WRANGLING ON THE RANGE #179
HARZARD FREE BARN
From HORSE AND RIDER - DECEMBER 2011
To prevent injuries, make sure these dangers aren't lurking in or
near your barn.
How are horses like small children? With both, you must be on
guard constantly against things that might hurt them. To help you
keep your horses safe in their home, here's a handy list of
hazards to banish from your barn and the surrounding area.
Tight spaces invite trouble. Aisles and doorways should be at
least eight feet wide to avoid crowding/bumping. Ceilings should
be high enough to avoid contact with a rearing horse's
head-ideally nine feet or more. Stalls should be at least 12 feet
x 12 feet to minimize the risk of a horse's becoming cast.
Your barn's floor must provide satisfactory traction, especially
if your horses wear shoes. Texturized concrete is a safe,
inexpensive nonslip option for a barn aisle. Replace or repair
loose or torn stall mats.
SHARP EDGES, POINTS.
Loose or splintered boards, protruding nails or wire, damaged
hinges/latches, torn buckets or feed tubs, or anything
else that can lacerate or puncture flesh presents a serious
danger. Make repairs or replacements in a timely fashion.
Your barn should be your horses' safe, happy home, so rid it of
any health hazards.
Any wall or divider that separates two horses must be strong and
smooth, with no place for Railing hooves to become caught or hung
Barn aisles, doorways, and commonly traveled pathways around the
barn should be clear of tripping hazards and obstructions. These
include feed cans, trunks, saddle racks, wheelbarrows, chairs,
shovels, brooms, and manure forks. Garbage should be neatly
stowed in containers with lids. Detritus such as bits of plastic,
wire, baling twine, and the like can cause colic or serve as the
nidus for an enterolith; keep your stalls, aisles, and paddocks
free of it.
Hooves can get caught in or trip over misplaced cross-ties, lead
ropes, longe lines, wash hoses, electrical or extension cords,
etc. Keep such items neatly contained/stored.
Grain, concentrates, and treats that aren't secured behind
latched or locked doors invite raids that can lead to colic or
laminitis. (Rodent-proof containers should be used to protect
feedstuffs from contamination.)
Toxic chemicals or other substances should never be stored where
horses (or children) might be able to get to them. Plants toxic
to horses should never be used as ornamental shrubbery around the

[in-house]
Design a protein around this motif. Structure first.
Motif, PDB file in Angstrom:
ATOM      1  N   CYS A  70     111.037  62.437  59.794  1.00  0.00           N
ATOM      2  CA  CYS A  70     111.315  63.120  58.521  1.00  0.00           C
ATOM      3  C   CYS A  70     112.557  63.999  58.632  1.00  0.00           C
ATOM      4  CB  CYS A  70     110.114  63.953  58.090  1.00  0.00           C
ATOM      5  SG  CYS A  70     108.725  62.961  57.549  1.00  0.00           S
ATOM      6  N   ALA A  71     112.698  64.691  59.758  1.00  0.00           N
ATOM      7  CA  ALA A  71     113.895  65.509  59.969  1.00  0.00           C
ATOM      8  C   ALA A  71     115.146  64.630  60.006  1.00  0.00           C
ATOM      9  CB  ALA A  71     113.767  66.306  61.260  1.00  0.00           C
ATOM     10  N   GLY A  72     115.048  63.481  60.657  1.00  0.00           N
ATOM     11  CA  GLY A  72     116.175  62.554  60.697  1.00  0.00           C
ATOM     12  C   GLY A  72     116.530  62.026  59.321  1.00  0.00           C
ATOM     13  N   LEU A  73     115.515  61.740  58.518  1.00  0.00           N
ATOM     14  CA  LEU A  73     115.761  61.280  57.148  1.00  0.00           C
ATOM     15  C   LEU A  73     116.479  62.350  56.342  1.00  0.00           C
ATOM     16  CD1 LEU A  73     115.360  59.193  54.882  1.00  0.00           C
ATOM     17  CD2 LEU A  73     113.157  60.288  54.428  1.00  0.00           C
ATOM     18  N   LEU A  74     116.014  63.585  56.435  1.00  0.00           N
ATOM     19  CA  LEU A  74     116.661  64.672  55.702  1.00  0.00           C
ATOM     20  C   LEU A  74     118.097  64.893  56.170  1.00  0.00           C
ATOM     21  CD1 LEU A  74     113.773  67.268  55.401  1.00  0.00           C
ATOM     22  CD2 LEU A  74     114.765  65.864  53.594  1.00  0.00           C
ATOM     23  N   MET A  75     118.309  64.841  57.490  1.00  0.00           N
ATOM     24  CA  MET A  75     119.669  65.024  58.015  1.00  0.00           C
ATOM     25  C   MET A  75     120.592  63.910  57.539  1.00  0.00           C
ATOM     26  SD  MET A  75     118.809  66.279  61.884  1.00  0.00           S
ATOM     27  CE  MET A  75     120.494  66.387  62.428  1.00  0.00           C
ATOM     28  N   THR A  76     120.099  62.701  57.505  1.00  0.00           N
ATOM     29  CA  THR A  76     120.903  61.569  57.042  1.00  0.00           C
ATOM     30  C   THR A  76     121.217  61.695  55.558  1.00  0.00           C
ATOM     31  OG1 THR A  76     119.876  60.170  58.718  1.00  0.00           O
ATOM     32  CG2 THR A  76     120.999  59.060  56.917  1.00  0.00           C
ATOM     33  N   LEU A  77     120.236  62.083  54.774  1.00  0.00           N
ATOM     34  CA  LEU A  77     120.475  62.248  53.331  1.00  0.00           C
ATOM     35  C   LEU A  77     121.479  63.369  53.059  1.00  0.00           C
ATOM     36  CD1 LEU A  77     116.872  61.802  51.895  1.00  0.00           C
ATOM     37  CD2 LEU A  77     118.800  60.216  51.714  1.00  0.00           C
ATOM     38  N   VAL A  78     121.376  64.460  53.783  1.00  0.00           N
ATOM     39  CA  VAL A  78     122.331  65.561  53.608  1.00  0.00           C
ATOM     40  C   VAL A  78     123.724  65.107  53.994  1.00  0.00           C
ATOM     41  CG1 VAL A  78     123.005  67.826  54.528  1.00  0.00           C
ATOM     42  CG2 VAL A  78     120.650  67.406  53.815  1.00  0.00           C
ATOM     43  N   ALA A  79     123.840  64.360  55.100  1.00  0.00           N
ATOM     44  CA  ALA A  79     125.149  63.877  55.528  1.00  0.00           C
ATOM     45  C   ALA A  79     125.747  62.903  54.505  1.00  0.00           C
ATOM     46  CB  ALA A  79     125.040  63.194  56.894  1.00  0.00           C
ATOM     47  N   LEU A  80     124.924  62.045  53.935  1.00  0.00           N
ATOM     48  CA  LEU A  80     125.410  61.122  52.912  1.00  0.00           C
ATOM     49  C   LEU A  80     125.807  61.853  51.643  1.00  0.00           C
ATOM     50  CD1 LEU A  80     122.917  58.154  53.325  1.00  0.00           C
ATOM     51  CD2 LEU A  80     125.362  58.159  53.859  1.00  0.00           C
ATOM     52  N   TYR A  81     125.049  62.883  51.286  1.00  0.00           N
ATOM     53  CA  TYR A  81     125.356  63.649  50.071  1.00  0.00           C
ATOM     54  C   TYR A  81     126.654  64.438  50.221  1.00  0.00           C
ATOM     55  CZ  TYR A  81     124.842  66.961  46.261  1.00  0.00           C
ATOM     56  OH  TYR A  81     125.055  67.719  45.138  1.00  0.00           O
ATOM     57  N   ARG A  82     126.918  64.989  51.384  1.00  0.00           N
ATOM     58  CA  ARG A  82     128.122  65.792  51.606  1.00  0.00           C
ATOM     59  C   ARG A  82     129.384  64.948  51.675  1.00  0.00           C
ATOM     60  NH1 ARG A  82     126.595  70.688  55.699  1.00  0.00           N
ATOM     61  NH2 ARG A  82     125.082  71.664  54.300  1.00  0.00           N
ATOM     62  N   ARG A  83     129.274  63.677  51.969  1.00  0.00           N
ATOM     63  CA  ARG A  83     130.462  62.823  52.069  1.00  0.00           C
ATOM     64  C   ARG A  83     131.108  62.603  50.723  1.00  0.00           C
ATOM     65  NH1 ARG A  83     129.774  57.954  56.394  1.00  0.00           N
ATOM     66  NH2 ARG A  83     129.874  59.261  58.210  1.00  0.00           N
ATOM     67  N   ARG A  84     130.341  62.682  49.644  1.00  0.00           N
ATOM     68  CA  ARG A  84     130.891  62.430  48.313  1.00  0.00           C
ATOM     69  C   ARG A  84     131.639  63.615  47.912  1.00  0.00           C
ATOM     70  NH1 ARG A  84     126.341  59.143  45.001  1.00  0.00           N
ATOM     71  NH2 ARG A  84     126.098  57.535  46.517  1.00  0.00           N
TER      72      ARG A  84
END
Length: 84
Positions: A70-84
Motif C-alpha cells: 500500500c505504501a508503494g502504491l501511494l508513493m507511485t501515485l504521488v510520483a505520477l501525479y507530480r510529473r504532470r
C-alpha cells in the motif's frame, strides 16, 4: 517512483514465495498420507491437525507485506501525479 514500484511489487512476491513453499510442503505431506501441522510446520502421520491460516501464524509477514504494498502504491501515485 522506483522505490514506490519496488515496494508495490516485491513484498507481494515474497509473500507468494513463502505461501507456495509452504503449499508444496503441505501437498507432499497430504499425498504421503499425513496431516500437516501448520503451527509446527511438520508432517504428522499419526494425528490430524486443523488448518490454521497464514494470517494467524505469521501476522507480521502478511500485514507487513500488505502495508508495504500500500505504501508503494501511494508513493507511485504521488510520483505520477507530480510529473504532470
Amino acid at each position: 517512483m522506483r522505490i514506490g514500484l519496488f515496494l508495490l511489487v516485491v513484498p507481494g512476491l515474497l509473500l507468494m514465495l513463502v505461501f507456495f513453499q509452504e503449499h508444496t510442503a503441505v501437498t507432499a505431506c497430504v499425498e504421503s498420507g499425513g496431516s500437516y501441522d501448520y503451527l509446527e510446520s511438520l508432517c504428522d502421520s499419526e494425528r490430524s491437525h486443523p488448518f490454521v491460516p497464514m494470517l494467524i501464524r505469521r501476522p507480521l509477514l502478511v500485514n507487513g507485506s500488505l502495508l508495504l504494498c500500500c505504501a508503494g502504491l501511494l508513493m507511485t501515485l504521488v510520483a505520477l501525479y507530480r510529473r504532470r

barn or anywhere horses might contact them. (Check with your
cooperative extension for local varieties to avoid.)
Light fixtures should be out of horses' reach or encased in
strong, metal mesh cages or, in the case of long fluorescent
fixtures, plastic tubes. Electrical wiring and switches should be
encased in metal, weatherproof boxes. Electrical outlets in
wash-stall areas should be equipped with a ground fault circuit
interrupter, and all water sources should be grounded.
Baby on the way? For tips on how to create a safe foaling stall
search that term at HorseandRider.com.
Fire safety falls into its own hazard category. To make your barn
as fire-safe as it can be:
* Allow no smoking in your barn, ever. Post signs and enforce
* Stock your barn with appropriate fire extinguishers, and know
how to use them. (If you're not sure, check with a local fire
* If finances allow, consider installing a commercial sprinkling
system or heat/ smoke detectors, and treating your barn with a
* Avoid clutter, especially of flammable materials like paper,
straw, shavings, and oily rags. Keep your barn neat.
* If possible, avoid storing hay in the same barn where horses
are housed. If you must do so, make sure the hay is properly
cured and not stacked too tightly; overly moist and/or crowded
hay can cause spontaneous combustion.
* Don't overuse extension cords; hire a licensed electrician if
need be to add more wiring and electrical outlets.
* Keep your barn roof in good repair; water leaks into light
fixtures or electrical outlets can cause shorts.
* Don't store gasoline or diesel fuel in your barn. Store any
other combustible liquids (such as oil-based cleaning supplies,
alcohol, clipper grease, etc.) in a metal container with a lid.
* Develop and post a fire-escape plan, along with all relevant